Sony Computer Entertainment may not be a major PR player, but some would argue the hardware maker doesn’t have to be. In the great PS4 vs. Xbox One debate, Sony came out swinging at Gamescom, divulging a staggering 10 million PS4s sold since November. By comparison, the Xbox One’s latest unofficial tally puts the Xbox One at 5 million units moved.
The difference between “sold” and “moved” isn’t lost on anyone paying close attention, and it could be part of the reason Microsoft’s been on a PR binge. Worse yet for Xbox One owners, it might even spell an upcoming decline in Xbox One gaming options.
By definition, Sony has sold more than 10 million units to end users as of Aug. 10. That “to end users” point was made explicitly clear during the company’s Gamescom PS4 press conference, and was done so within the event’s first 10 minutes.
Microsoft, on the other hand, has stated it’s moved 5 million Xbox One consoles onto retail shelves, though each of those 5 million units hasn’t necessarily found a permanent home.
In terms of install base, that means the PS4 has outsold the Xbox One by at least a two-to-one margin, and perhaps even greater.
Those figures give Sony great bragging rights. To a certain extent they also give the company some justification for having an arguably less-visible PR campaign than Microsoft, which has really turned on the heat in recent months.
But the PS4 outselling Xbox One 2:1 means more long-term than bragging rights. It means Sony’s gaining an inside track into second-, third- and even fourth-gen titles for the current console generation.
Creativity be damned, all most publishers really care about is making money. Why else are many of them publicly traded? It sure isn’t to get a nifty ticker symbol. It’s to generate a return for shareholders, which means making money, which means developing games for the widest possible install base.
Microsoft managed to nab some Xbox One exclusives based on the success of the Xbox 360. Now that we’re entering the next generation of software, that advantage is starting to shift as publishers see Sony’s PS4 running sales circles around the Xbox One.
Over the long term, that means Microsoft could rely even more than it would like on first-party exclusives like Halo 5: Guardians, Quantum Break and Sunset Overdrive. You think Xbox One owners were miffed that PS4 owners got more time in the kick-ass Destiny beta? Wait until they get a load of the upcoming wave of PS4 exclusives that they won’t even get to touch.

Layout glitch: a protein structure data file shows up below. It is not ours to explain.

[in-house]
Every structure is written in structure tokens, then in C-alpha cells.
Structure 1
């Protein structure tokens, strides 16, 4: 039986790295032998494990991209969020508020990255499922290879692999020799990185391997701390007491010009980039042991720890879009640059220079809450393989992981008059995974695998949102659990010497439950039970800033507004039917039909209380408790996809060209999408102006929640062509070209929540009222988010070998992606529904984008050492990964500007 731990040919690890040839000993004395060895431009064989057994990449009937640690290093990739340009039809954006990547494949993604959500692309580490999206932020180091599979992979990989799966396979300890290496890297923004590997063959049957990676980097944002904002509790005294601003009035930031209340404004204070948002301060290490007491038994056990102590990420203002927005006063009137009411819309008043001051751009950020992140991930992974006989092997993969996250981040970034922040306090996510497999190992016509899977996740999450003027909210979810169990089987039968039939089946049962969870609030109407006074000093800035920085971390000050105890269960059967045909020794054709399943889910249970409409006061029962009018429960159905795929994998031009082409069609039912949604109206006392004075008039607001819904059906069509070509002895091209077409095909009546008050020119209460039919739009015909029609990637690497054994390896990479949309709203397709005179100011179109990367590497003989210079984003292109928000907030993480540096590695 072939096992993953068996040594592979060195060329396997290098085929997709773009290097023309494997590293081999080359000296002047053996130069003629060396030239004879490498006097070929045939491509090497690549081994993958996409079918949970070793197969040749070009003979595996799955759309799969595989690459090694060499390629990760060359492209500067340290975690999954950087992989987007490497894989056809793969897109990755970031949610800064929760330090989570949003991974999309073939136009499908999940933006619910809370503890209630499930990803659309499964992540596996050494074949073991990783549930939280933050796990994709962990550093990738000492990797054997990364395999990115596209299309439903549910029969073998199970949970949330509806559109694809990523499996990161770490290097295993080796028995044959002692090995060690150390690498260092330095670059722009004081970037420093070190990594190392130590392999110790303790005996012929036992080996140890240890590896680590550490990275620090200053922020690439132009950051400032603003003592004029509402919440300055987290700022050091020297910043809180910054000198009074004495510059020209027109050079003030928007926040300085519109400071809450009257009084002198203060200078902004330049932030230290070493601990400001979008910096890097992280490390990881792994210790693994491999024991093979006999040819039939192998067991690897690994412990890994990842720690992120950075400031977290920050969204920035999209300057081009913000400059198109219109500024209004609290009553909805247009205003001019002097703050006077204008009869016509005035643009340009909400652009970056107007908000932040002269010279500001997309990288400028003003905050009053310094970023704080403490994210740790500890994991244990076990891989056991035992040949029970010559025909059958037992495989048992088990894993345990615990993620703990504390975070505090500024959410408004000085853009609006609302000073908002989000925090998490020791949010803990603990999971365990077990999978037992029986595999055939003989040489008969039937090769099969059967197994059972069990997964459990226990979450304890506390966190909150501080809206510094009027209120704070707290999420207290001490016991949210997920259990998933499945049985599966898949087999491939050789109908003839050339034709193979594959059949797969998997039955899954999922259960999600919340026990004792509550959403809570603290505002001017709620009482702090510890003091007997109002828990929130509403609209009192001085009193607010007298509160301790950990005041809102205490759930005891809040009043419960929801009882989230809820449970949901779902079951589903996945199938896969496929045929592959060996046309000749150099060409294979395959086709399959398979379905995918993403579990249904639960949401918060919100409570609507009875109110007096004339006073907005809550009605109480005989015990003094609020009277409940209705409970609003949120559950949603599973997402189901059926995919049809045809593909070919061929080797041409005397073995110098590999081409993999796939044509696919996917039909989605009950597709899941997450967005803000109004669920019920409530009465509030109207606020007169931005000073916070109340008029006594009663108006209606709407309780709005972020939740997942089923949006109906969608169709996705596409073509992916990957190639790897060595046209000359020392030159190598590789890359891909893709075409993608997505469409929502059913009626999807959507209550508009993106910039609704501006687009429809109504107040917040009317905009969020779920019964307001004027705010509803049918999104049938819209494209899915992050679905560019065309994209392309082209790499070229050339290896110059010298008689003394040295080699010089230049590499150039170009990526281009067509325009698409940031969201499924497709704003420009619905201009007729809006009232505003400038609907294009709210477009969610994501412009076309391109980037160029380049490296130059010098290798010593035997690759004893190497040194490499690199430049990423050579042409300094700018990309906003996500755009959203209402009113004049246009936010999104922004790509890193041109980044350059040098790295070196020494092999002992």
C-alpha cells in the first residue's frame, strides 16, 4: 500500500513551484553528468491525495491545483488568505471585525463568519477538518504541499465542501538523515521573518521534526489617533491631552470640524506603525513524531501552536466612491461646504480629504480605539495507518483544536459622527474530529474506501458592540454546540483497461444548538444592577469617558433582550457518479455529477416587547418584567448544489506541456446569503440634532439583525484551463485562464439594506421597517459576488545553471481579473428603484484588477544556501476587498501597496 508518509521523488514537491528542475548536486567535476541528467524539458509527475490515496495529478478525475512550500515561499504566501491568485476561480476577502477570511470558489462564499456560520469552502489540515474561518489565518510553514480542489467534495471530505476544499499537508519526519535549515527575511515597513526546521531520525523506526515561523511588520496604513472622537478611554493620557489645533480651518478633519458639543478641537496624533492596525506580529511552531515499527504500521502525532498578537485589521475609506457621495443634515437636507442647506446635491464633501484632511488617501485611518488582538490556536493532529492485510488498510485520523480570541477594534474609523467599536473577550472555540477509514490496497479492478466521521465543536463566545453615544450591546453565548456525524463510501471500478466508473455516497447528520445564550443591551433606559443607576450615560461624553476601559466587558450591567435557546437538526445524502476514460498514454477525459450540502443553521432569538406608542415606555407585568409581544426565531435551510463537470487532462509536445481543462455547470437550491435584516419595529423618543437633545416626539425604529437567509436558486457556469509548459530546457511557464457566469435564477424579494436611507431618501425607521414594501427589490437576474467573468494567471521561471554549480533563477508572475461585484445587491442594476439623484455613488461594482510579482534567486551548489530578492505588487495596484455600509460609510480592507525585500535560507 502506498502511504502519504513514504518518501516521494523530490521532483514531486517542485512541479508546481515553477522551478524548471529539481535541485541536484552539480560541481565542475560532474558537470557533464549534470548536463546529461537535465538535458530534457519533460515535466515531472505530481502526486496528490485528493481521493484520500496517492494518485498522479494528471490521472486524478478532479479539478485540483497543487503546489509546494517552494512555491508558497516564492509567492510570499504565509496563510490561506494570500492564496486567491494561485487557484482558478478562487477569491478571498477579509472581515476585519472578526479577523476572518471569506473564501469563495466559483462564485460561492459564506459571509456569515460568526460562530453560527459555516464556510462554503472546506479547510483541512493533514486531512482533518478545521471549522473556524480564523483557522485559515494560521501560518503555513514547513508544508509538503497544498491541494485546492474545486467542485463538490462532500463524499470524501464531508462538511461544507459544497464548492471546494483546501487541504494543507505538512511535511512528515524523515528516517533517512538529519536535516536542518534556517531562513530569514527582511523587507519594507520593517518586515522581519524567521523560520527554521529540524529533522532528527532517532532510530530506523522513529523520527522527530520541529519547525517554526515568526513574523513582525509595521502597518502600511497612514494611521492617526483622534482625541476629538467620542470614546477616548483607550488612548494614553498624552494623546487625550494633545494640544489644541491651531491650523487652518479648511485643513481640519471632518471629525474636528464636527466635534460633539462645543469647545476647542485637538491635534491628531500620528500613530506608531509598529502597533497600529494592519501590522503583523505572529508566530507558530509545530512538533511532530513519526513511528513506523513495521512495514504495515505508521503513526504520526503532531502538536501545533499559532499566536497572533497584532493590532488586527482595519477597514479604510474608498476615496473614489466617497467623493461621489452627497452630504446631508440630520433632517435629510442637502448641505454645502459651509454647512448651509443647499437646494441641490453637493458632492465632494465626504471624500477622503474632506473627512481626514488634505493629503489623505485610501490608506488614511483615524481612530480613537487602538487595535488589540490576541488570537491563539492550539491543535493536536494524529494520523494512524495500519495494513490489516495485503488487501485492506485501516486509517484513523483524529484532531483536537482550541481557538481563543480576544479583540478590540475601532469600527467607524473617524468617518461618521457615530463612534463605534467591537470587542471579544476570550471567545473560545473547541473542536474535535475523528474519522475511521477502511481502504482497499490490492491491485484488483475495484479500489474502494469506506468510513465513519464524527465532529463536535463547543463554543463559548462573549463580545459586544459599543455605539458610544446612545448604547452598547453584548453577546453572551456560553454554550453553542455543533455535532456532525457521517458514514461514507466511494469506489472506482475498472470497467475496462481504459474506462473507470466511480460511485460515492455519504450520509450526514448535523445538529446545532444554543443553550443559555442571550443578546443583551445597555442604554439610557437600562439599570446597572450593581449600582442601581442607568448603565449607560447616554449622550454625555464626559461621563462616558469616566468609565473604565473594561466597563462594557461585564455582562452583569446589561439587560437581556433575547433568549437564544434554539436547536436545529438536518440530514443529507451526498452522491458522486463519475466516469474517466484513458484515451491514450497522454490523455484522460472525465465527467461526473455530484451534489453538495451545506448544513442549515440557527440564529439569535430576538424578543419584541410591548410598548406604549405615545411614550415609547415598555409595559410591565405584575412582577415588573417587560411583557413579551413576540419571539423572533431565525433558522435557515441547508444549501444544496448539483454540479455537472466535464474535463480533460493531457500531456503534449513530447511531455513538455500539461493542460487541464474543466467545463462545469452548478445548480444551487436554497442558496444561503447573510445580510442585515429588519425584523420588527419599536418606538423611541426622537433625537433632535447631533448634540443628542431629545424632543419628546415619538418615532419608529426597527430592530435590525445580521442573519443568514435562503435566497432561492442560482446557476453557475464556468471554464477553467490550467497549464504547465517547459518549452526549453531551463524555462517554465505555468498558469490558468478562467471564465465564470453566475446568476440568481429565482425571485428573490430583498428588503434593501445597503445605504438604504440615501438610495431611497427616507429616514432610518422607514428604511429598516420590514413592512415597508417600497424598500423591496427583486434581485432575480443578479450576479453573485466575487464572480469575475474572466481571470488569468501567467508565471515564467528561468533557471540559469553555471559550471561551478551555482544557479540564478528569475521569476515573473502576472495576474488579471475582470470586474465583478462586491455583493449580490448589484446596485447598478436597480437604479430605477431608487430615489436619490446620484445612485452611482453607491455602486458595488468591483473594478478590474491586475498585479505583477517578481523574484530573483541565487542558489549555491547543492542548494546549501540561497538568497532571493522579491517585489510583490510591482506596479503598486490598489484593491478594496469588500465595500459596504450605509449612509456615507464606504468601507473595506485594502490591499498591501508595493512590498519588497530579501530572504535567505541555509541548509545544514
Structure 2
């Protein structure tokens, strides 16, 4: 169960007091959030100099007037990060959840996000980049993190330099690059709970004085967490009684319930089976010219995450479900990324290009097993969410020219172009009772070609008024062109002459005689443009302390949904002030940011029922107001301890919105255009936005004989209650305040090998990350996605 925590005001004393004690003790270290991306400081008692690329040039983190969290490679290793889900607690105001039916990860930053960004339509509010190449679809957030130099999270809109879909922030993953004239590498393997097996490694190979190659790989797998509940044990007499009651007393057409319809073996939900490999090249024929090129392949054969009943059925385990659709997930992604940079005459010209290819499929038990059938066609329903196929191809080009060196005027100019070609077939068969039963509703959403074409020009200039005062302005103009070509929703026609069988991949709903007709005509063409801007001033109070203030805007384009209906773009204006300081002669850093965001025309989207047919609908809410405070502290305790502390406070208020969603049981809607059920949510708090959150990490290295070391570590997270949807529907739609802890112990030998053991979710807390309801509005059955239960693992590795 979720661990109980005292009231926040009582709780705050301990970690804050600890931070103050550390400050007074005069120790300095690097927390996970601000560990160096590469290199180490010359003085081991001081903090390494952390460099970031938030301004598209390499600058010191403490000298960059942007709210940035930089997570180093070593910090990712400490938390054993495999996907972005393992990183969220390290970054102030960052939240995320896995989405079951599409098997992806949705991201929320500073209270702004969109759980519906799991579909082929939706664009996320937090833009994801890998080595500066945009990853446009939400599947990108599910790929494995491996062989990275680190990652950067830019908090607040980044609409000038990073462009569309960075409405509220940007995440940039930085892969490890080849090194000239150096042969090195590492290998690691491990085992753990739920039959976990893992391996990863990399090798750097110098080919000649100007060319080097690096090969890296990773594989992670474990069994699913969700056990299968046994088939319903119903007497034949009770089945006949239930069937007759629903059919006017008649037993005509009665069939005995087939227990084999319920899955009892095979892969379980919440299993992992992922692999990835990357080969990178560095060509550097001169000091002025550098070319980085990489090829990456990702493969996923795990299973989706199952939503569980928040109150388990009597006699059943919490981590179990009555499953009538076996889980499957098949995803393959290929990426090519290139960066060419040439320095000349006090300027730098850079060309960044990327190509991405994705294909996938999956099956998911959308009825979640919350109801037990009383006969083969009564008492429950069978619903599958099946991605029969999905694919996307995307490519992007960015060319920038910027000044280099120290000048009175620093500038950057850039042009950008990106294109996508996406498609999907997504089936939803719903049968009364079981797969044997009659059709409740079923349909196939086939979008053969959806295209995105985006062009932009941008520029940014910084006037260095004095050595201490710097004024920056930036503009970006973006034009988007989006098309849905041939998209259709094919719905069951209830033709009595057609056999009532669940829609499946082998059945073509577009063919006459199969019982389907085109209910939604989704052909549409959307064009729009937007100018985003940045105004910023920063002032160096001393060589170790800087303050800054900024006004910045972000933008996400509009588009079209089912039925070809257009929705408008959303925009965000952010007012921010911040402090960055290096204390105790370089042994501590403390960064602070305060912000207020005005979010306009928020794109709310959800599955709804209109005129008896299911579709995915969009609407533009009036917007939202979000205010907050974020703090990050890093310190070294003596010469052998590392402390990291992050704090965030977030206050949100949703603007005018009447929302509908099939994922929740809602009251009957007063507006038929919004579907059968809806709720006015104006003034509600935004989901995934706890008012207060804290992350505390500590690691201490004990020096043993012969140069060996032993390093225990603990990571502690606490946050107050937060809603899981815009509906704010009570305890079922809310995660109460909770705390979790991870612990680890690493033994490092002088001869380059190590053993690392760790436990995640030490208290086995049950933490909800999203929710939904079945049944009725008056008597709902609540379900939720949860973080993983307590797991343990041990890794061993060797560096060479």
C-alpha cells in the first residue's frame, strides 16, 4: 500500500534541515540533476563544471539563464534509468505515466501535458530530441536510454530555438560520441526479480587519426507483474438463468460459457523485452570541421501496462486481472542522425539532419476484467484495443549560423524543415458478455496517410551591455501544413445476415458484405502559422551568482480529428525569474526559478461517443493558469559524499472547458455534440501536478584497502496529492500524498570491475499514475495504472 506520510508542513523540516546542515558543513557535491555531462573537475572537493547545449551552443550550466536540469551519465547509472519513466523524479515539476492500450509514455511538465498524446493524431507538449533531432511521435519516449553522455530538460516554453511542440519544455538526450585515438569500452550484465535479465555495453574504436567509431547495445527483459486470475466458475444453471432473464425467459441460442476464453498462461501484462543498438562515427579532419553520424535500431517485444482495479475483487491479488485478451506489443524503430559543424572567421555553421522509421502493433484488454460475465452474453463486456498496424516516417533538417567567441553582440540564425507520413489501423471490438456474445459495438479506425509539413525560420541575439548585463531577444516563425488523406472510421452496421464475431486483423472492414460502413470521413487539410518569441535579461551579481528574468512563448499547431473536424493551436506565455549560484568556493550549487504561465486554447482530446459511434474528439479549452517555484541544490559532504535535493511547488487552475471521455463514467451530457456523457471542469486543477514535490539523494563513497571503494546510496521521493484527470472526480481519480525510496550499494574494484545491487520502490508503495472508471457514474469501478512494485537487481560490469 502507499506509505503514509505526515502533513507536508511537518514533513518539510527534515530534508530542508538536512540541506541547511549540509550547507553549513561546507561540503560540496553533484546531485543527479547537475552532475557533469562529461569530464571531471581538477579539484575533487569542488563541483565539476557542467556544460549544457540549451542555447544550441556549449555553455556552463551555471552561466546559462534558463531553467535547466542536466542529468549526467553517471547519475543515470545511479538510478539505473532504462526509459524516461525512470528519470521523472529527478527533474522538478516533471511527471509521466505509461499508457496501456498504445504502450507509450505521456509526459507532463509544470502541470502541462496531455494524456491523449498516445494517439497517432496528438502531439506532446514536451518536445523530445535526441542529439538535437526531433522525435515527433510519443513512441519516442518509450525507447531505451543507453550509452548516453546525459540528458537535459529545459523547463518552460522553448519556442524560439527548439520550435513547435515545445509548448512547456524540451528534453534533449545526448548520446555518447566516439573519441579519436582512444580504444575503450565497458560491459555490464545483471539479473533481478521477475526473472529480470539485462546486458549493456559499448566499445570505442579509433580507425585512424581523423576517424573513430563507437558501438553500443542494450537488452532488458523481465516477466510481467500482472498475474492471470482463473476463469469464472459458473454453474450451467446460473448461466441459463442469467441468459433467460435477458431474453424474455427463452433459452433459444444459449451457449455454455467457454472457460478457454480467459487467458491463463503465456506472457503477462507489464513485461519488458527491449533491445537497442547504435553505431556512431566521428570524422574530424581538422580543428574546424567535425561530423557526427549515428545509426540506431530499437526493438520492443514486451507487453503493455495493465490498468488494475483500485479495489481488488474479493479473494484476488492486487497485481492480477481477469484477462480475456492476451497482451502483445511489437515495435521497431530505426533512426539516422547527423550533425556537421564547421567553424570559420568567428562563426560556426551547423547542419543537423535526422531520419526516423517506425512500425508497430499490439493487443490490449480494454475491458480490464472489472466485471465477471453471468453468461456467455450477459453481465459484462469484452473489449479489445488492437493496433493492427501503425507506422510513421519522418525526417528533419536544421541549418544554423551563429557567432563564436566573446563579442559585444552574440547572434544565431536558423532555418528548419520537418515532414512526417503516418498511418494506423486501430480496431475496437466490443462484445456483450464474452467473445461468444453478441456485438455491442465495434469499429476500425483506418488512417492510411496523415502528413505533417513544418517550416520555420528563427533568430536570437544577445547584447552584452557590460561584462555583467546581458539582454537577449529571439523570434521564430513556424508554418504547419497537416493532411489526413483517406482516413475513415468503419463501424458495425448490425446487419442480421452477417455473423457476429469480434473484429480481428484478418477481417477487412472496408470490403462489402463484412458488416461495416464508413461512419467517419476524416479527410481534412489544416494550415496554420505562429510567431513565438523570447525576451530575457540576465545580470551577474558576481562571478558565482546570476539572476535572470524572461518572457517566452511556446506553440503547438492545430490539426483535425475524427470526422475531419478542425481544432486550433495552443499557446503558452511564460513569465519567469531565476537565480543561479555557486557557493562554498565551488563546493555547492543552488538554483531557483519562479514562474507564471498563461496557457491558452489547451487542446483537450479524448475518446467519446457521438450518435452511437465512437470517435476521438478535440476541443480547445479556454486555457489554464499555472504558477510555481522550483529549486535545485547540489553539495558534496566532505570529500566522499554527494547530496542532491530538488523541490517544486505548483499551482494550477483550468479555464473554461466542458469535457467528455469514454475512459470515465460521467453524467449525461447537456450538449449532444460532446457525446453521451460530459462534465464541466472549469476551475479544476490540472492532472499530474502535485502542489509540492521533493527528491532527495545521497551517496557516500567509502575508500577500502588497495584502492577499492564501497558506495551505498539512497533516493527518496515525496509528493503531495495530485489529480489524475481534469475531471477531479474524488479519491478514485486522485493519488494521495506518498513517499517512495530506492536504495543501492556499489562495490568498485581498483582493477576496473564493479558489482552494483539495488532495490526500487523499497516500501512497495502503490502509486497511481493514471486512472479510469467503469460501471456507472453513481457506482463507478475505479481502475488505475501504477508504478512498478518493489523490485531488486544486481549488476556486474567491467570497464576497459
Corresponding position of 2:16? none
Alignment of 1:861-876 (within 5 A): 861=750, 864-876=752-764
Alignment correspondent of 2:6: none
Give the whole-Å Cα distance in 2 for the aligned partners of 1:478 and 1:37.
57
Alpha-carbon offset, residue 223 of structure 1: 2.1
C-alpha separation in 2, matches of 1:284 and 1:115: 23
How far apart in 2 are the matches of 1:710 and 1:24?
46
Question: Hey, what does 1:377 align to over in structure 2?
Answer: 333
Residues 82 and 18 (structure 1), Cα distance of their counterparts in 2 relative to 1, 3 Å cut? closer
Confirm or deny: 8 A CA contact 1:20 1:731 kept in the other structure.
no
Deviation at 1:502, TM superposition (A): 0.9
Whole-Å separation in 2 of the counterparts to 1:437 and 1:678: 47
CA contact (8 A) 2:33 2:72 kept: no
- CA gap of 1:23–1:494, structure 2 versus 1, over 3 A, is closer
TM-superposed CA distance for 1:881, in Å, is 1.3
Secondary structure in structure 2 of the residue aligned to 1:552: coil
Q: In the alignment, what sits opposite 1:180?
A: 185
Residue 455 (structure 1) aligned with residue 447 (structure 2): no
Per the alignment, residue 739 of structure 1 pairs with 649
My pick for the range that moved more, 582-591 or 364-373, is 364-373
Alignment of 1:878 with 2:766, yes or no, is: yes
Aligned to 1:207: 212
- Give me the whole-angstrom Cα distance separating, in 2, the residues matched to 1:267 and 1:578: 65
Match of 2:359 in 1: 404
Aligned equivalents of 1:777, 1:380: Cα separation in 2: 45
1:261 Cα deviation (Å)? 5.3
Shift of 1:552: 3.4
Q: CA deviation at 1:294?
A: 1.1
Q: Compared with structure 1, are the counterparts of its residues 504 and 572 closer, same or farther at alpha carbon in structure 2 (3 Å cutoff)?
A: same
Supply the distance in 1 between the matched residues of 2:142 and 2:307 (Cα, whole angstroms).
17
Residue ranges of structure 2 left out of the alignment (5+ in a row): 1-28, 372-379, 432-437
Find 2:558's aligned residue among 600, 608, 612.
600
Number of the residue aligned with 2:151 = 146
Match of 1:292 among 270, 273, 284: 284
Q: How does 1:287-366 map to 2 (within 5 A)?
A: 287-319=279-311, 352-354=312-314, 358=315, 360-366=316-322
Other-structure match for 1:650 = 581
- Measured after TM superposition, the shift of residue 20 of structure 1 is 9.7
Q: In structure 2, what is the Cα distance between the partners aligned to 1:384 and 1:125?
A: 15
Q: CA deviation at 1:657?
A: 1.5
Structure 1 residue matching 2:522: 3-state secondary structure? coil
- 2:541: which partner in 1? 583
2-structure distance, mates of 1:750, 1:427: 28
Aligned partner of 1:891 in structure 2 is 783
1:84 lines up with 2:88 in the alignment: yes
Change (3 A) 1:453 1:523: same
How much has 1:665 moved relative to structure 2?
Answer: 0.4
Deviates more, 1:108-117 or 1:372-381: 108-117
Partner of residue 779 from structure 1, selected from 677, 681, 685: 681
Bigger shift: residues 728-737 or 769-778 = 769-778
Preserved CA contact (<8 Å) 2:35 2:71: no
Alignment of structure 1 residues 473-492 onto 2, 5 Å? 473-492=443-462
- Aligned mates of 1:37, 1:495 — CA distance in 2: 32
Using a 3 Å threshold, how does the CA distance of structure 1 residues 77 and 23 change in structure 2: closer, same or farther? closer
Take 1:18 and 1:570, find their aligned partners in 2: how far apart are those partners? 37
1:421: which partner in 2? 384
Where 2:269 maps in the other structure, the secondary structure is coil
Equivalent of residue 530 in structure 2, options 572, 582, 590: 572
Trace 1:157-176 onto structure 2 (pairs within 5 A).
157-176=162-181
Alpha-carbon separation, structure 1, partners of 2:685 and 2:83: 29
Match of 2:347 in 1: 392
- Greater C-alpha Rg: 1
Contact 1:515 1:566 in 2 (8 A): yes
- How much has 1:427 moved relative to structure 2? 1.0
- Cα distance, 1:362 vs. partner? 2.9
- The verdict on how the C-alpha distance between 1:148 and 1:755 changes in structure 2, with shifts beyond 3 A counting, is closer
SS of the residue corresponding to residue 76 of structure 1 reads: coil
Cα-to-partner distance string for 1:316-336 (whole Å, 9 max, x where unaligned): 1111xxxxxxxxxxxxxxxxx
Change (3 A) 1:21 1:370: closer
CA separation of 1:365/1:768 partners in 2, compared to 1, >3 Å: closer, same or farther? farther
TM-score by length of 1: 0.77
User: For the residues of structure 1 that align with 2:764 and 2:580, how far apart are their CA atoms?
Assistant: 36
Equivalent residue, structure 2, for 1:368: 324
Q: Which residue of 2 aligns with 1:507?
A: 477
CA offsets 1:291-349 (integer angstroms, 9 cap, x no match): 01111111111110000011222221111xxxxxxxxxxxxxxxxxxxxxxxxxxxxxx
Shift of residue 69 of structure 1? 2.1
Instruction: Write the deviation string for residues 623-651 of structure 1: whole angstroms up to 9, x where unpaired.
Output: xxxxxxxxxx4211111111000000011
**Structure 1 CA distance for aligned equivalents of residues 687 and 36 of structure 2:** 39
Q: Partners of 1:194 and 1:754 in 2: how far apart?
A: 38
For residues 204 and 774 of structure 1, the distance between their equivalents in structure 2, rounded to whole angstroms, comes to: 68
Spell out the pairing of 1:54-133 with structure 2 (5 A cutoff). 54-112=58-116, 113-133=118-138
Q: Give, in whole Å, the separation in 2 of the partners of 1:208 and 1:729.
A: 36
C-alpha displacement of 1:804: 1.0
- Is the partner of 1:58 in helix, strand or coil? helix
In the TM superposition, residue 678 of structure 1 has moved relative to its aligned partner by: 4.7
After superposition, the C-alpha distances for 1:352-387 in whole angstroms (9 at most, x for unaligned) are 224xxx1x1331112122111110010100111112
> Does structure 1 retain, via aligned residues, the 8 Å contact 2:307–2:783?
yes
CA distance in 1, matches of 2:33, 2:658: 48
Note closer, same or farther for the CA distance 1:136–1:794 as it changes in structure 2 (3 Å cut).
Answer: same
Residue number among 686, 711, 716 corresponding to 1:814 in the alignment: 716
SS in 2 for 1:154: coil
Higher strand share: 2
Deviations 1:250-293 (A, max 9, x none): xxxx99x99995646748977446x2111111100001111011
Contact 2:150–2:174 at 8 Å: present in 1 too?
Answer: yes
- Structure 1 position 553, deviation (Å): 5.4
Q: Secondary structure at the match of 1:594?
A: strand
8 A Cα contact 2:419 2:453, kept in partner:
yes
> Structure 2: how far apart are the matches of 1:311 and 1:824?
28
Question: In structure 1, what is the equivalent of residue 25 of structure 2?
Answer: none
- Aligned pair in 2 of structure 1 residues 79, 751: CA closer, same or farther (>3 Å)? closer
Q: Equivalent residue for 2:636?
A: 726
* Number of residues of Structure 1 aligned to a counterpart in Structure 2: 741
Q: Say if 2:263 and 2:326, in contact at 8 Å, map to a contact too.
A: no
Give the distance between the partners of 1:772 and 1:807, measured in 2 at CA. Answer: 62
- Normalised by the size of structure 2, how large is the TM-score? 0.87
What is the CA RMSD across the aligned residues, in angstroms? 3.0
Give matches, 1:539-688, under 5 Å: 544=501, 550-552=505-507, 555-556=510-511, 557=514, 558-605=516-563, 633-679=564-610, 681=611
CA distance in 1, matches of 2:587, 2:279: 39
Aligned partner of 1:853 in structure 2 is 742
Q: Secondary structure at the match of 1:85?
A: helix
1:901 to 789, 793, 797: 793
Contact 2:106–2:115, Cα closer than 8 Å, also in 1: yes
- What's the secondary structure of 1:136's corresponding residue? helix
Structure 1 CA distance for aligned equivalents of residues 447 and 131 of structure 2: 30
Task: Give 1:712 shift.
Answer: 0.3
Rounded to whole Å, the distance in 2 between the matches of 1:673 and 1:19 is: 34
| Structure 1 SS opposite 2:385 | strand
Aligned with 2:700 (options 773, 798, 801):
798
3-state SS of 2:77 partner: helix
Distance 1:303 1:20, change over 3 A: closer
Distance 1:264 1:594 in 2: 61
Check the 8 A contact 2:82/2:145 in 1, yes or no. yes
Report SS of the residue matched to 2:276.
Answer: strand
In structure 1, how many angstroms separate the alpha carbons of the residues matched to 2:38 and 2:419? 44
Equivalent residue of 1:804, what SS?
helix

One big wild card is Electronic Arts, which recently launched its subscription-based EA Access program for Xbox One. EA has been a staunch supporter of Microsoft since the Xbox One’s launch, highlighted most by Titanfall. When Sony rebuffed EA’s gestures with Access, the PS4 maker didn’t exactly do much to improve their perception with the #2 game publisher. If EA puts its true weight behind Xbox One, it could be the great equalizer for Microsoft’s ongoing battle with Sony.
Activision is no slouch, of course, and Destiny’s going to sell like hotcakes. Rightfully so. But Xbox and the Call of Duty franchise are in bed like Kanye and Kim, taking selfies and generally annoying people with their excessive public displays of (marketing) affection.
Microsoft wants to sell more Xbox Ones. That’s not news. But why does Microsoft want to sell more? In large part, it’s because Microsoft has great relationships with third-party publishers, and if the Xbox One doesn’t sell more — and soon — those third parties are going to get miffed, maybe even go elsewhere.
And that’s why Xbox One fans need to be so concerned by the whole “10 million PS4s sold” information. Fanboys will just use the figure for bragging rights, which is both pointless and stupid. The real reason for concern is what that means long-term for Xbox One as a destination platform. Both consoles have shown an incredible ability to sell like crazy; even the Xbox One has sold at unprecedented levels, although the PS4 has sold more. But if the Xbox One doesn’t start to make-up ground soon, the damage could be irreparable over the long haul.